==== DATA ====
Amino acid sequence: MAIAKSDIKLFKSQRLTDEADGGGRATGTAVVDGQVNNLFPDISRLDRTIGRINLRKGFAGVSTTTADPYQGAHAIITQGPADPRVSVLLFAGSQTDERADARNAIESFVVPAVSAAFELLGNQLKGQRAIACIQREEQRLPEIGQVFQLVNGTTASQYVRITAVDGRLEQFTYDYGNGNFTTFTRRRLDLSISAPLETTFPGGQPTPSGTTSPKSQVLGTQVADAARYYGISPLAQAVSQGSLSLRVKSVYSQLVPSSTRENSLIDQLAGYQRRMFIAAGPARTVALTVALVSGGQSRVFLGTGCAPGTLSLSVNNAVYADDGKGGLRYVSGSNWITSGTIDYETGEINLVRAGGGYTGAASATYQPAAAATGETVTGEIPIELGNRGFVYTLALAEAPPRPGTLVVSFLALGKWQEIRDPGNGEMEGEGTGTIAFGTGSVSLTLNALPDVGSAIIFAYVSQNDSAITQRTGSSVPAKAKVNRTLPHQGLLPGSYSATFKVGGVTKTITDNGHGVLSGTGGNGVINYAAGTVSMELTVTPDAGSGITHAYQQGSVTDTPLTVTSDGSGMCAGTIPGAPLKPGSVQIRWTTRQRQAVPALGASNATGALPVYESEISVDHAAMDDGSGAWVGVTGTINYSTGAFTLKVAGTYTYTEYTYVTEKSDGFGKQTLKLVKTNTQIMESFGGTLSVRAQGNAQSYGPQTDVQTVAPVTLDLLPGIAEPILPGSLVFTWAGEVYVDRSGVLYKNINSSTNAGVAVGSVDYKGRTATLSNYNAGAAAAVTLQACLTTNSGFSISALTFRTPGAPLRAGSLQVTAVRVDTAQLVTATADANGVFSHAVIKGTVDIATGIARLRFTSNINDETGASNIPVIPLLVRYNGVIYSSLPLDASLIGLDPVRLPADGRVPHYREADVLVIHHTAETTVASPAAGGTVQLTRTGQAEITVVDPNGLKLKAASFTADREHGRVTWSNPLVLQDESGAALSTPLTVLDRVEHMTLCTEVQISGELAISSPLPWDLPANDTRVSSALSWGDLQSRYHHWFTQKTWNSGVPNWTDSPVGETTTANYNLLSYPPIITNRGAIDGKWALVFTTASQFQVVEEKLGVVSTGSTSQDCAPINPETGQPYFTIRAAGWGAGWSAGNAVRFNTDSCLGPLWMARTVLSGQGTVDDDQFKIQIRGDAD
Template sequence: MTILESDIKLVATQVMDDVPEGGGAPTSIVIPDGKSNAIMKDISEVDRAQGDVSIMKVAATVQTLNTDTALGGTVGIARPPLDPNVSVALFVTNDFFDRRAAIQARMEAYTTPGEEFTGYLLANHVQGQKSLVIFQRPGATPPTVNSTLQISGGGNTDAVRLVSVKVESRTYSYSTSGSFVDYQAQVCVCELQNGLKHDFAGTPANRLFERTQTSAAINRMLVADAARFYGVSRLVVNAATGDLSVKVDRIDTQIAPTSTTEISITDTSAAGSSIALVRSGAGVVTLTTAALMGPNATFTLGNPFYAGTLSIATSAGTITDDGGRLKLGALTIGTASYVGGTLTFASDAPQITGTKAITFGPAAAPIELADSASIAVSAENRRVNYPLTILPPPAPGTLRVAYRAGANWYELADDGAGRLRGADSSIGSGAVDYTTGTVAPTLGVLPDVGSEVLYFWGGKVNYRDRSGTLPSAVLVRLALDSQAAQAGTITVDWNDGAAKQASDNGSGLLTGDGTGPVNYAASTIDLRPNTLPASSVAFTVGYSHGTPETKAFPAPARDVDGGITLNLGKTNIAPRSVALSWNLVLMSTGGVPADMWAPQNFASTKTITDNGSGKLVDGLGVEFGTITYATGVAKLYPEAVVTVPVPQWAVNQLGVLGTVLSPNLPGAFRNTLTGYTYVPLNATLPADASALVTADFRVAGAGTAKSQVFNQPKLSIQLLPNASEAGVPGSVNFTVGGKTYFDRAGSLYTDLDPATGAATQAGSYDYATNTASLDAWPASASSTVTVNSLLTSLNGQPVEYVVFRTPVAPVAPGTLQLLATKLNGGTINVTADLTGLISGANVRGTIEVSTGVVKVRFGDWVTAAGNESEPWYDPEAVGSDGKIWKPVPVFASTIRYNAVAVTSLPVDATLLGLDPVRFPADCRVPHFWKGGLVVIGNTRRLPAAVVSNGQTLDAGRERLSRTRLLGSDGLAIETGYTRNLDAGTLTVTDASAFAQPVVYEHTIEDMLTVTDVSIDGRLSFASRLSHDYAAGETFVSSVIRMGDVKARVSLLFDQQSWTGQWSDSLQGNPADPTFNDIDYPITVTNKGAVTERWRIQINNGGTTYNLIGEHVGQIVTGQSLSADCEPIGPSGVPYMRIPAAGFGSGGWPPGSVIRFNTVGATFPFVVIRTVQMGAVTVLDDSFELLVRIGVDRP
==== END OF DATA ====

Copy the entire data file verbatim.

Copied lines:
Amino acid sequence: MAIAKSDIKLFKSQRLTDEADGGGRATGTAVVDGQVNNLFPDISRLDRTIGRINLRKGFAGVSTTTADPYQGAHAIITQGPADPRVSVLLFAGSQTDERADARNAIESFVVPAVSAAFELLGNQLKGQRAIACIQREEQRLPEIGQVFQLVNGTTASQYVRITAVDGRLEQFTYDYGNGNFTTFTRRRLDLSISAPLETTFPGGQPTPSGTTSPKSQVLGTQVADAARYYGISPLAQAVSQGSLSLRVKSVYSQLVPSSTRENSLIDQLAGYQRRMFIAAGPARTVALTVALVSGGQSRVFLGTGCAPGTLSLSVNNAVYADDGKGGLRYVSGSNWITSGTIDYETGEINLVRAGGGYTGAASATYQPAAAATGETVTGEIPIELGNRGFVYTLALAEAPPRPGTLVVSFLALGKWQEIRDPGNGEMEGEGTGTIAFGTGSVSLTLNALPDVGSAIIFAYVSQNDSAITQRTGSSVPAKAKVNRTLPHQGLLPGSYSATFKVGGVTKTITDNGHGVLSGTGGNGVINYAAGTVSMELTVTPDAGSGITHAYQQGSVTDTPLTVTSDGSGMCAGTIPGAPLKPGSVQIRWTTRQRQAVPALGASNATGALPVYESEISVDHAAMDDGSGAWVGVTGTINYSTGAFTLKVAGTYTYTEYTYVTEKSDGFGKQTLKLVKTNTQIMESFGGTLSVRAQGNAQSYGPQTDVQTVAPVTLDLLPGIAEPILPGSLVFTWAGEVYVDRSGVLYKNINSSTNAGVAVGSVDYKGRTATLSNYNAGAAAAVTLQACLTTNSGFSISALTFRTPGAPLRAGSLQVTAVRVDTAQLVTATADANGVFSHAVIKGTVDIATGIARLRFTSNINDETGASNIPVIPLLVRYNGVIYSSLPLDASLIGLDPVRLPADGRVPHYREADVLVIHHTAETTVASPAAGGTVQLTRTGQAEITVVDPNGLKLKAASFTADREHGRVTWSNPLVLQDESGAALSTPLTVLDRVEHMTLCTEVQISGELAISSPLPWDLPANDTRVSSALSWGDLQSRYHHWFTQKTWNSGVPNWTDSPVGETTTANYNLLSYPPIITNRGAIDGKWALVFTTASQFQVVEEKLGVVSTGSTSQDCAPINPETGQPYFTIRAAGWGAGWSAGNAVRFNTDSCLGPLWMARTVLSGQGTVDDDQFKIQIRGDAD
Template sequence: MTILESDIKLVATQVMDDVPEGGGAPTSIVIPDGKSNAIMKDISEVDRAQGDVSIMKVAATVQTLNTDTALGGTVGIARPPLDPNVSVALFVTNDFFDRRAAIQARMEAYTTPGEEFTGYLLANHVQGQKSLVIFQRPGATPPTVNSTLQISGGGNTDAVRLVSVKVESRTYSYSTSGSFVDYQAQVCVCELQNGLKHDFAGTPANRLFERTQTSAAINRMLVADAARFYGVSRLVVNAATGDLSVKVDRIDTQIAPTSTTEISITDTSAAGSSIALVRSGAGVVTLTTAALMGPNATFTLGNPFYAGTLSIATSAGTITDDGGRLKLGALTIGTASYVGGTLTFASDAPQITGTKAITFGPAAAPIELADSASIAVSAENRRVNYPLTILPPPAPGTLRVAYRAGANWYELADDGAGRLRGADSSIGSGAVDYTTGTVAPTLGVLPDVGSEVLYFWGGKVNYRDRSGTLPSAVLVRLALDSQAAQAGTITVDWNDGAAKQASDNGSGLLTGDGTGPVNYAASTIDLRPNTLPASSVAFTVGYSHGTPETKAFPAPARDVDGGITLNLGKTNIAPRSVALSWNLVLMSTGGVPADMWAPQNFASTKTITDNGSGKLVDGLGVEFGTITYATGVAKLYPEAVVTVPVPQWAVNQLGVLGTVLSPNLPGAFRNTLTGYTYVPLNATLPADASALVTADFRVAGAGTAKSQVFNQPKLSIQLLPNASEAGVPGSVNFTVGGKTYFDRAGSLYTDLDPATGAATQAGSYDYATNTASLDAWPASASSTVTVNSLLTSLNGQPVEYVVFRTPVAPVAPGTLQLLATKLNGGTINVTADLTGLISGANVRGTIEVSTGVVKVRFGDWVTAAGNESEPWYDPEAVGSDGKIWKPVPVFASTIRYNAVAVTSLPVDATLLGLDPVRFPADCRVPHFWKGGLVVIGNTRRLPAAVVSNGQTLDAGRERLSRTRLLGSDGLAIETGYTRNLDAGTLTVTDASAFAQPVVYEHTIEDMLTVTDVSIDGRLSFASRLSHDYAAGETFVSSVIRMGDVKARVSLLFDQQSWTGQWSDSLQGNPADPTFNDIDYPITVTNKGAVTERWRIQINNGGTTYNLIGEHVGQIVTGQSLSADCEPIGPSGVPYMRIPAAGFGSGGWPPGSVIRFNTVGATFPFVVIRTVQMGAVTVLDDSFELLVRIGVDRP